In times of reporting trouble and writer’s block, we see William turn to the seasoned Bangs, who at one point laughingly explains how to handle Fong-Torres’s questions about the story’s progress: “Tell him, you know, it’s a think piece. About a mid-level band struggling with their own limitations in the harsh face of stardom. He’ll wet himself.” Watch, here, as the smarmy Fong-Torres pretty well wets himself, offering to “get [William] a thousand more words” and confirming the piece is “in consideration for the cover” (repeating, for emphasis, “the cover of Rolling Stone magazine.”)

In the end—after William follows the band from Cleveland to Topeka to Greeneville to New York City, babysits Russell Hammond through a bad acid trip (the “I am a golden god!” scene), falls in love with Penny Lane and out-of-love, at least a little, with Hammond, writes in the quiet of a hotel bath tub, endures a “deflowering” at the hands of Lane’s fellow non-groupies, rescues Lane from a quaallude OD, and misses his high school graduation—William gets (thanks to the crafty, big-hearted Penny Lane) that interview with Hammond…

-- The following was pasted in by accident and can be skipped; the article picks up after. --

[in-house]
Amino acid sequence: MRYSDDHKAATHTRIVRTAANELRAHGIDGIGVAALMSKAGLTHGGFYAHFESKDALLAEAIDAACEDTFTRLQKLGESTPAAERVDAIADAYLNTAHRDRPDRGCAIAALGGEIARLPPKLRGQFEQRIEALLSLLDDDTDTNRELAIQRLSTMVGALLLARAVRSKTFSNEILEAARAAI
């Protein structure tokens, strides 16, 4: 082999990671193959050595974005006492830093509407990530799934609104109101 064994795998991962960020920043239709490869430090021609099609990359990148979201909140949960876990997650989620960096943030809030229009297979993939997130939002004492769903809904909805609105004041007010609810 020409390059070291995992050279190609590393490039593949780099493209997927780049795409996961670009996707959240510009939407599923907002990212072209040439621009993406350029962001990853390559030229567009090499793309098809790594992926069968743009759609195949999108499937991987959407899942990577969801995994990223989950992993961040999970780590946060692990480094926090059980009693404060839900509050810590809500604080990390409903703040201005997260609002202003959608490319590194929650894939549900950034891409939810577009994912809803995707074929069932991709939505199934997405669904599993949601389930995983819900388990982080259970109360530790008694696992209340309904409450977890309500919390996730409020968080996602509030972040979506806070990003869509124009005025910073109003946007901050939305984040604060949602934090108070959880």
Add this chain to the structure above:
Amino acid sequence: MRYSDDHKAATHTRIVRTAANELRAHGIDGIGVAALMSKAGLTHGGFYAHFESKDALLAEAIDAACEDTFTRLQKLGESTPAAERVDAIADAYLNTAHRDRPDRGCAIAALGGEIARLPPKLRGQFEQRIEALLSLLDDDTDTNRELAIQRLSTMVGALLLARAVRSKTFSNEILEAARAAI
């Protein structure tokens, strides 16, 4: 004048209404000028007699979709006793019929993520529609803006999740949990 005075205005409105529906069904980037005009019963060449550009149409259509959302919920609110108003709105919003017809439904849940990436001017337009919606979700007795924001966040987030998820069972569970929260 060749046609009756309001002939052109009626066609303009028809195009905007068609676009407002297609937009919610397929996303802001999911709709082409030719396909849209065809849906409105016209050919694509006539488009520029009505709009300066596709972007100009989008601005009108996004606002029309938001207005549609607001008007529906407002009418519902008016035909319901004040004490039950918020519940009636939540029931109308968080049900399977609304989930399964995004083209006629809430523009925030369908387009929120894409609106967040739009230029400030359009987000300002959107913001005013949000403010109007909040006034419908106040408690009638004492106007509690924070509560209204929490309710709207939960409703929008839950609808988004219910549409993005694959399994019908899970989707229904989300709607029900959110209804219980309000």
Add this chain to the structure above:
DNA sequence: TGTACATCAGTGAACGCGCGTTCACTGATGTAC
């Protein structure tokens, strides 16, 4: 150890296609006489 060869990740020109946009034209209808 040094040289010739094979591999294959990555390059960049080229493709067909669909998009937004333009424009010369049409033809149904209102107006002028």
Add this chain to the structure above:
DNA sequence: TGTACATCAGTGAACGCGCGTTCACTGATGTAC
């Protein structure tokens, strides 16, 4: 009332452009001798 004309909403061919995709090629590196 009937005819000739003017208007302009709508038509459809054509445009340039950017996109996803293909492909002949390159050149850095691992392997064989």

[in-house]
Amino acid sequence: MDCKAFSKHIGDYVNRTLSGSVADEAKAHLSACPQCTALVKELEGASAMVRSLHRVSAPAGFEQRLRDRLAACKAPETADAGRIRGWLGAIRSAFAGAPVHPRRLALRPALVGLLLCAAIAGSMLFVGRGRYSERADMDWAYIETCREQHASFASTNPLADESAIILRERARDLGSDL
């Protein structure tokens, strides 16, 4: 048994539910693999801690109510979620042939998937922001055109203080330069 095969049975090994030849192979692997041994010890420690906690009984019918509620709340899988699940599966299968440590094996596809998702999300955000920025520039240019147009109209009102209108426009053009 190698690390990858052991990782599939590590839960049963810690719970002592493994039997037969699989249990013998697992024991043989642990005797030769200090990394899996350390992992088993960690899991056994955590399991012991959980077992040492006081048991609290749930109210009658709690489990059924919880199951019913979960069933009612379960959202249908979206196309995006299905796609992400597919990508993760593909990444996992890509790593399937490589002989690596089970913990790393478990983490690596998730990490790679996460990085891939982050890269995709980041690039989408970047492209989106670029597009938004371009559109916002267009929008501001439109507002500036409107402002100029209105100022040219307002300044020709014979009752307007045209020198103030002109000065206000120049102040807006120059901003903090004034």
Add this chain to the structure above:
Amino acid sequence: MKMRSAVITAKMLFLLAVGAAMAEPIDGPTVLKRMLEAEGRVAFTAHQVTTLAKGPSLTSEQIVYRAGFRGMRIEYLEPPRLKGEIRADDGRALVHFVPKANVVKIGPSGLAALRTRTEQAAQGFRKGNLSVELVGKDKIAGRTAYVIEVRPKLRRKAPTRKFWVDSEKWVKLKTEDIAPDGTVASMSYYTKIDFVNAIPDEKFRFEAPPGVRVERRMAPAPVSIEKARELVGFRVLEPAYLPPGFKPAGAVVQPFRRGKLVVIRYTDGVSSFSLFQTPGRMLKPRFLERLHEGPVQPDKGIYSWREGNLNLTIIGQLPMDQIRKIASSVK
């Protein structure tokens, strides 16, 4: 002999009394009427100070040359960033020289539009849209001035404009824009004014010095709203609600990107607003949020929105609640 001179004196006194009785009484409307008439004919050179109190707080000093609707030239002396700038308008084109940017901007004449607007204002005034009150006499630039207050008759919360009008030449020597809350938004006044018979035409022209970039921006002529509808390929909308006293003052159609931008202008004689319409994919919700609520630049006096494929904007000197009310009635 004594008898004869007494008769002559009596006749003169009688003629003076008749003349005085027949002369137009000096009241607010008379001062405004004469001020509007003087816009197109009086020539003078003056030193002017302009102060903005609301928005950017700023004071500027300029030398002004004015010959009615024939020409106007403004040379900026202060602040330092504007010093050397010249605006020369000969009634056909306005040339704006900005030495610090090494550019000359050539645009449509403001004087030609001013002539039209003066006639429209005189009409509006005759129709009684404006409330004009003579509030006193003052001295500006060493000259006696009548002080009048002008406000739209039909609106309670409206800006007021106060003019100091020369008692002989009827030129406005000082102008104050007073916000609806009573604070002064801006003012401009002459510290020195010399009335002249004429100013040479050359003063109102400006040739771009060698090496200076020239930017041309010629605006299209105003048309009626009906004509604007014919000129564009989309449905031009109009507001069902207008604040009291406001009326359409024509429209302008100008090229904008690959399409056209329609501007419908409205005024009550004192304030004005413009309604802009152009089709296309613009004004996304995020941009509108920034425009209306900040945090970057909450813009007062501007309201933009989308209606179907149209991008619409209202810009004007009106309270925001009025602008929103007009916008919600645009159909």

WILLIAM MILLER: So, Russell, what do you love about music?

RUSSELL HAMMOND: To begin with, everything.

…and, finally, the cover of Rolling Stone:

Almost Famous, chock full though it is of journalistic relics (although, Creem is mounting a newsstand comeback!), was no mawkish nostalgia trip for Crowe; it is a story—an Oscar-winning screen play— about relationships, trust, money and motivation, told with heart, told in scenes, in moments (when a certain sort of music was having its moment). One such moment—memorable, at least, for those who work in journalism—comes when Stillwater’s lead singer, enraged after being reached by a Rolling Stone fact-checker and realizing that, in William’s story, the bandmates look “like buffoons,” screams (to the band, himself, the universe): “He was never a person! He was a journalist!”

And here, one more moment (cue those goose bumps):

Last week: The Big Clock

Next up: Ace in the Hole


More in Critical Eye

The Big Clock (1948)

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Liz Cox Barrett is a writer at CJR.